There are many supporters and opponents of Affirmative Action. The focus of Affirmative action is meant to be an attempt at equality throughout society. Every sector in America would be equal and unprejudiced. On the other hand, adopting affirmative action would force many employers to replace hard-working employees with those possibly less qualified simply due to their gender or ethnicity. Throughout history, people have been categorized into different groups. These groupings were based on certain characteristics people shared, whether it was their ethnicity, race, gender, or religion. Society is notorious for distinguishing among different groups and favoring one or two of them. Undoubtedly, this separation of peoples, led to increased tension between various groups. As time progressed, the conflicts intensified, and it became apparent that a change was necessary. So I intend to educate the reader on the origin of Affirmative Action; how it impacted the American society; is it still needed in today’s environment; what are some of the drawbacks or issues that came from implementing Affirmative Action, and finally what is the most beneficial aspect from Affirmative Action. One of the most famous quotes about Affirmative Action comes from President Lyndon Johnson who explained the rationale behind the use of affirmative action to achieve equal opportunity in a 1965 speech: “You do not take a person, who for years, has been hobbled by chains and liberate him, bring
In the controversial realms of affirmative action, the largest issue staunchly fought over is whether minorities should be given preferential treatment in the workplace and in the schools. One side declares that those in the minority group need and deserve governmental aid so that they will be on equal footing with the majority group. Opponents of affirmative action point out that setting apart groups based on their race or ethnicity is purely racism and can lead to reverse discrimination. I am against affirmative action for the aforementioned reasons, and would not consider such racism as necessary for creating a healthy society, as proponents would insist. It is my belief that affirmative action today is out of date and is
Affirmative Action has become one of the most controversial issues regarding college admissions. It is an issue that exposes profiling to its highest extent. Race, gender and income now become vital factors in education opportunities. Affirmative Action is the procedure that is used as a criteria in admissions that will increase the points a college applicant receives on their application evaluation based on the previous factors. Whether race should be considered in the admission of a college applicant, is without a doubt a must in all states. Affirmative Action definitely will improve the opportunities of a minority student applying at a university but it will not be the deciding factor. When
Affirmative action is a policy or a program that seeks to redress past discrimination of minorities through active measures in order to ensure equal opportunity, as in education and employment. In other words, it is policy that was established to hopefully eliminate racial preference and equalize the United States. The fight against discrimination has been a long lasting one that started with the case of Plessy vs. Ferguson, which ended in the desegregation of all schools (Ficker). Affirmative action was put into place in 1965 when President Lyndon B. Johnson signed the Executive Order that mandated government contractors to “take affirmative action” in all aspects of hiring and employing minorities (Brunner). Upon its arrival, the policy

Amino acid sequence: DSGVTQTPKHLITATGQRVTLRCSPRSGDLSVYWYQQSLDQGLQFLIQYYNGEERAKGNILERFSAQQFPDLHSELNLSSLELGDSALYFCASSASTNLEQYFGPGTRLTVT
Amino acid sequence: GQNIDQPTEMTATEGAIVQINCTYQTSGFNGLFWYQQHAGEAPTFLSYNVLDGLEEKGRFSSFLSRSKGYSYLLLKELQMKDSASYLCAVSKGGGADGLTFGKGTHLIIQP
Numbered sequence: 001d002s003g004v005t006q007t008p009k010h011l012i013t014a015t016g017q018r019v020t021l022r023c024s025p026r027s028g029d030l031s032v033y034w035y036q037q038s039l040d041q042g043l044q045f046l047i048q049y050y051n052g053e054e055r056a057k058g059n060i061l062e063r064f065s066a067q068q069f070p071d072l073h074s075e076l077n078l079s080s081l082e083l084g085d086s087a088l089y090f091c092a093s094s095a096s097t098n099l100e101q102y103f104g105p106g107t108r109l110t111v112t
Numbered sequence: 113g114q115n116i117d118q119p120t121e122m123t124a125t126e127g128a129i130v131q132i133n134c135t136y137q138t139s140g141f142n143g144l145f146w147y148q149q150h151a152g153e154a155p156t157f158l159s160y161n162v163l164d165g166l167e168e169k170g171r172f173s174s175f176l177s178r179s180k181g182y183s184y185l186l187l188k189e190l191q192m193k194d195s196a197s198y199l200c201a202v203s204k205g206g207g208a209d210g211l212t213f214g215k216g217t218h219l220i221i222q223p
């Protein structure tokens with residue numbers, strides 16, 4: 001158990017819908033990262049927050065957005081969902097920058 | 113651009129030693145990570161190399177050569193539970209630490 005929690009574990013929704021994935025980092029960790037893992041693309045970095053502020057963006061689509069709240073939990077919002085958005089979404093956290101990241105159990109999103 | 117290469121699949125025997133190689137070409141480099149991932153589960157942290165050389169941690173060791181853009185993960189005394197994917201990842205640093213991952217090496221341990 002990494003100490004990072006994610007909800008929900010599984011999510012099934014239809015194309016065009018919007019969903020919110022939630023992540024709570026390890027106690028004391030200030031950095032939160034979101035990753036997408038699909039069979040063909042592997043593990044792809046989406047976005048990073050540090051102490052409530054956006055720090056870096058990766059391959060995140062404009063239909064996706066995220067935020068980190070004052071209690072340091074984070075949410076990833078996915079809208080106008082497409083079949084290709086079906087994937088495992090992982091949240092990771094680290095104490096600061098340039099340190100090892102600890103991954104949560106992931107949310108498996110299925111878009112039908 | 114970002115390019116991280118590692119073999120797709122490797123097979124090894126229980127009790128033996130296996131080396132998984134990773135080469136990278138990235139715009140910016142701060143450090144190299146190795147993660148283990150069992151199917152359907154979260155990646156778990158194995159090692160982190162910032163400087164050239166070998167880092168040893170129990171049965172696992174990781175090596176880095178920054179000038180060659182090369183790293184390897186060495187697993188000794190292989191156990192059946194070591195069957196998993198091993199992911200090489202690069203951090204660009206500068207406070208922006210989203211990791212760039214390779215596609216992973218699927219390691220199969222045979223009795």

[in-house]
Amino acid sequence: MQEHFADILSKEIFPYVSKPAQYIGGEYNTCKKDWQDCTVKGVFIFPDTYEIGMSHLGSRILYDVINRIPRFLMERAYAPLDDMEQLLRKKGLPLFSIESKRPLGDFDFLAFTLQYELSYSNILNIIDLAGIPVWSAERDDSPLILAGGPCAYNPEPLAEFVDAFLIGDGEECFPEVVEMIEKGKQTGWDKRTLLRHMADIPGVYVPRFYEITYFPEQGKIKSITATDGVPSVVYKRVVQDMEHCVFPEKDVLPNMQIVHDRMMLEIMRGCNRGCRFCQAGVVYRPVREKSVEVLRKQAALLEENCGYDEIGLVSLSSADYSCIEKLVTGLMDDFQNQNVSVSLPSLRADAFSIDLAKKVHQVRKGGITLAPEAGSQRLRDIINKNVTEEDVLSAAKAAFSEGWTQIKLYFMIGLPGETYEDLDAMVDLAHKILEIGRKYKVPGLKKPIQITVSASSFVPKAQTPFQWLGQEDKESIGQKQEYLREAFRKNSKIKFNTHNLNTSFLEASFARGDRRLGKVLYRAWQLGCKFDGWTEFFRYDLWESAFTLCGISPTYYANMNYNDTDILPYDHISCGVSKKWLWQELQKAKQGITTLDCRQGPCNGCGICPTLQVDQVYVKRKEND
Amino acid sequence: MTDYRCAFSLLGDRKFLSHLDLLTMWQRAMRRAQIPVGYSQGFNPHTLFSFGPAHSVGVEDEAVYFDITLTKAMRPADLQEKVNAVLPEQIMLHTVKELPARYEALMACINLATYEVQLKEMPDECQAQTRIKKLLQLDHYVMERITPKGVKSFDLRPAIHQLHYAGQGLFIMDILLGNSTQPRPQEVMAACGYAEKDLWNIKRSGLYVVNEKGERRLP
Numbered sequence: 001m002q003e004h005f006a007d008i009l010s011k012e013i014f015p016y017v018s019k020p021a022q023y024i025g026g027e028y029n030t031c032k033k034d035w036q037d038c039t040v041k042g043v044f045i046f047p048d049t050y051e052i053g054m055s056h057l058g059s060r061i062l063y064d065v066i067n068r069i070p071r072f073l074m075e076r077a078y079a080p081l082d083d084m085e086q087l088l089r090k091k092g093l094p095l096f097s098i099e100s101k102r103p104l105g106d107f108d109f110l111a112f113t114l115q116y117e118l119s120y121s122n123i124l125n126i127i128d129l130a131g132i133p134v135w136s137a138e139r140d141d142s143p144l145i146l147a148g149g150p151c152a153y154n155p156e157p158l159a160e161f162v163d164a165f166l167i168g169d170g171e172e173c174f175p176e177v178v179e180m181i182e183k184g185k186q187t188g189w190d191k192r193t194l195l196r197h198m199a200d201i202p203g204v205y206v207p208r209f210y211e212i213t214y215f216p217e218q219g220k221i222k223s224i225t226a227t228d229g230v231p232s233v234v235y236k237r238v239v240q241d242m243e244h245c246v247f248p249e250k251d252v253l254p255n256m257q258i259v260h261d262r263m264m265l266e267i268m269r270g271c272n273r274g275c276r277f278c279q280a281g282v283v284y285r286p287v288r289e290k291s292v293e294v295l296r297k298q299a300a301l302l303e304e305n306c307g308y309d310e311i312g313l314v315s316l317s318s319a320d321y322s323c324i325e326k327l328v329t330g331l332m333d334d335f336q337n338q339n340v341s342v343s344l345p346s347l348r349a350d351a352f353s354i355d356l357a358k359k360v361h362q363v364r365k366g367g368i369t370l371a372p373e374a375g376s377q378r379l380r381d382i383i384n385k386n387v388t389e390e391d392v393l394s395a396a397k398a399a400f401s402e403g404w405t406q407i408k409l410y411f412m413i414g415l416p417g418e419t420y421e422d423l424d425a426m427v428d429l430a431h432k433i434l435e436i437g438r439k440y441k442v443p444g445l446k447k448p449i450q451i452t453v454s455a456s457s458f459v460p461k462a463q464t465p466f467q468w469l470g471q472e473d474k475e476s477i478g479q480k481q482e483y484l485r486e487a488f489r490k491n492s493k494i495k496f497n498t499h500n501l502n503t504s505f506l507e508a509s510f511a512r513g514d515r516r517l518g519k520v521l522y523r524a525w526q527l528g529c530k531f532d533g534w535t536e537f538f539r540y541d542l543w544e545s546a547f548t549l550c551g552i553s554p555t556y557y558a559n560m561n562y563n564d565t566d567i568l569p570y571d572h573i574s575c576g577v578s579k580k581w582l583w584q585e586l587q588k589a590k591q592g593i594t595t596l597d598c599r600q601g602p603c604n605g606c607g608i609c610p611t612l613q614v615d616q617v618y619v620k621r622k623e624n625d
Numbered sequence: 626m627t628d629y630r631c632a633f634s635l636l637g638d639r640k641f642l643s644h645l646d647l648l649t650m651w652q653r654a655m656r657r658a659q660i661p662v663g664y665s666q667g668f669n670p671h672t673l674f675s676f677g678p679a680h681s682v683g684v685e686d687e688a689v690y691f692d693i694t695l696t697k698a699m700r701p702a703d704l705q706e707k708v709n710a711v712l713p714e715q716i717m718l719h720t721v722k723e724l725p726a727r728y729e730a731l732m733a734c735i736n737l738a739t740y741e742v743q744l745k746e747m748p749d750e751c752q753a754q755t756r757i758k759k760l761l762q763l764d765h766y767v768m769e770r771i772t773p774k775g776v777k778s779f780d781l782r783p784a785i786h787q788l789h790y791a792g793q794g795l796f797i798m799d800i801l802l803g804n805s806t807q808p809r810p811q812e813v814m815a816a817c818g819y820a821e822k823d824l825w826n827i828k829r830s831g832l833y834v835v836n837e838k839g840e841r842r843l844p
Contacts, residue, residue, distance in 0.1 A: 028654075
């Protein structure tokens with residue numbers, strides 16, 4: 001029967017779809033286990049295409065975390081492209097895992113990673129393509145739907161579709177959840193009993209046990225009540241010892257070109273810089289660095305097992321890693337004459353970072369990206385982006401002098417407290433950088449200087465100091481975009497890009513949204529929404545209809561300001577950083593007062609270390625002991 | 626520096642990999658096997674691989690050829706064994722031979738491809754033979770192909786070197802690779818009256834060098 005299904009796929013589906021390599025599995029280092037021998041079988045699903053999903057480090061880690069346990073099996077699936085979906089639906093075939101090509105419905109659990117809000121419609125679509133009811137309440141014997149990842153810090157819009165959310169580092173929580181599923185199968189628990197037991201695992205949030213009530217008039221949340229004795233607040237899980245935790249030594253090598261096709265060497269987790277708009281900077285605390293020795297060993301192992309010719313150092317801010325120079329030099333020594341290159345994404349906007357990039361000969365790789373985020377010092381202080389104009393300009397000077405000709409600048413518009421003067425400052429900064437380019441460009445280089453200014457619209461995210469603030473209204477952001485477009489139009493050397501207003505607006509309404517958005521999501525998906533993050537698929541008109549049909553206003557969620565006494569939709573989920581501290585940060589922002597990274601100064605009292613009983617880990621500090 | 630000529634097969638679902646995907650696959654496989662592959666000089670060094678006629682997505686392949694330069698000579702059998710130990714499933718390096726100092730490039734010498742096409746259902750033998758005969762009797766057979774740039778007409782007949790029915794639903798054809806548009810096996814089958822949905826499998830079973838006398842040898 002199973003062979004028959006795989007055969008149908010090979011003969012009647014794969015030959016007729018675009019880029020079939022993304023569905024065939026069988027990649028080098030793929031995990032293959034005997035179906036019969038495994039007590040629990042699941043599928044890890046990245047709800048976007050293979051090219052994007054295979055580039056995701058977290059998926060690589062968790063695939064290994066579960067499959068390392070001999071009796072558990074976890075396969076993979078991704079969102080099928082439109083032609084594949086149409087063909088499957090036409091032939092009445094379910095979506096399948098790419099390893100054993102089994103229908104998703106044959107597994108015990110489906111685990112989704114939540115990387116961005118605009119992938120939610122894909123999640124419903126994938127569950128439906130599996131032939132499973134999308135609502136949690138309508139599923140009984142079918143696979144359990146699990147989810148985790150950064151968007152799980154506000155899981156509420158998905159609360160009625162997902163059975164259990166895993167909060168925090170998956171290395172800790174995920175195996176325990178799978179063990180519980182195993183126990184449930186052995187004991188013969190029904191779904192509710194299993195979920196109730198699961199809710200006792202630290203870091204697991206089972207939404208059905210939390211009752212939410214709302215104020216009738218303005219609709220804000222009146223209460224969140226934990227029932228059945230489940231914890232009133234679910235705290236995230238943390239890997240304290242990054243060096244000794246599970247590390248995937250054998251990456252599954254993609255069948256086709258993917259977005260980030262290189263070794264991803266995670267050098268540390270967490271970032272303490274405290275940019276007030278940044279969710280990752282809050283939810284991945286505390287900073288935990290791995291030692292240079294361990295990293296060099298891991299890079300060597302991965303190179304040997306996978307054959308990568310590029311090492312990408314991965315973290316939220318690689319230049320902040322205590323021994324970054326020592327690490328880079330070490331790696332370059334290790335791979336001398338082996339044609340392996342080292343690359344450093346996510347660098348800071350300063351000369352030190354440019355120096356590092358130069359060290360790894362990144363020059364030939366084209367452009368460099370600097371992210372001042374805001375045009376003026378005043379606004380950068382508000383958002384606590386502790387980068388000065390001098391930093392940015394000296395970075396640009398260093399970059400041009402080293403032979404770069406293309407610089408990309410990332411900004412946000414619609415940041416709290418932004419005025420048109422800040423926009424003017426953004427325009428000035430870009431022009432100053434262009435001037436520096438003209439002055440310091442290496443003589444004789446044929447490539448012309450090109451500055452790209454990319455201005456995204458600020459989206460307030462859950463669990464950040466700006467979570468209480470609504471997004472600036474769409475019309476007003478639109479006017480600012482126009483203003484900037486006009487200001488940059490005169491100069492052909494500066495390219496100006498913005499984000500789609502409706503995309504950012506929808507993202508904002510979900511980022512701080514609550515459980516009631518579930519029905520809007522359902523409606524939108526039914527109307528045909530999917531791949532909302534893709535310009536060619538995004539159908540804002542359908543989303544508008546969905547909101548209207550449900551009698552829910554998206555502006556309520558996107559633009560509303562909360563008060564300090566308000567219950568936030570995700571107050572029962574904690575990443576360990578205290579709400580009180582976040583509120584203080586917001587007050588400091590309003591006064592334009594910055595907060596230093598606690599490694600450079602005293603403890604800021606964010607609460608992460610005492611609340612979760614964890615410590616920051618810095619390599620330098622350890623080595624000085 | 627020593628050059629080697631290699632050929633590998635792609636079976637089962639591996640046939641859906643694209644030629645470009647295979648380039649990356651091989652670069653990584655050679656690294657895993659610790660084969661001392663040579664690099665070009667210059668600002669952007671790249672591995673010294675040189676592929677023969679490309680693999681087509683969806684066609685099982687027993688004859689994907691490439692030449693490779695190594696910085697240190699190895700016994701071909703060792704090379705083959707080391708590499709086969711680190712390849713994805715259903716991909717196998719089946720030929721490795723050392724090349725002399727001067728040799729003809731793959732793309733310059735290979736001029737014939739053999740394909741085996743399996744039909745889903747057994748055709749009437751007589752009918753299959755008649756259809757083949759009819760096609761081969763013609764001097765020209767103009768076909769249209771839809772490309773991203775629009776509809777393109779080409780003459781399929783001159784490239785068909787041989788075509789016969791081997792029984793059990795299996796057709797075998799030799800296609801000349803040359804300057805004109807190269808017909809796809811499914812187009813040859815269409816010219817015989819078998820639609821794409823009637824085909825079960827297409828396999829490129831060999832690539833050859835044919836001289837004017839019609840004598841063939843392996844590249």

Affirmative action was created to assist minority groups against discrimination, but affirmative action does more harm than what it can do to help. Affirmative action was created with the intention of leveling the playing field so that everyone can have an equal opportunity to be hired or accepted in to a school, but it does the opposite of what it is meant to do. Affirmative action is reverse discrimination against white males, lesser qualified people are admitted into jobs and colleges, and not all people have an equal opportunity to advance.
Among the citizens of America affirmative action is a sensitive subject with some seeing it as a necessity to help those who have been repressed and others seeing it as reverse racism. Many Americans may also be conflicted about affirmative action, because it is such a complex issue. People fervently debate affirmative action, because it is a complex issue revolving around one’s own race, experiences, and desires.
What is it? Well affirmative action is, in plain text, the consideration of your class, race, gender, color, ethnicity, national origin, and disability when deciding who gets a certain job or admission into a school. If you are amenity applying for a job and there are other people that are applying as well then you will be considered for the job over one of the other people, even if they have more experience. It is not only for jobs, it is also used in any situation that there is a minority or different person, racially or ethnicity, because the particular business or corporation needs to have some minorities working in that business or in that school. They do this because of a government law or because they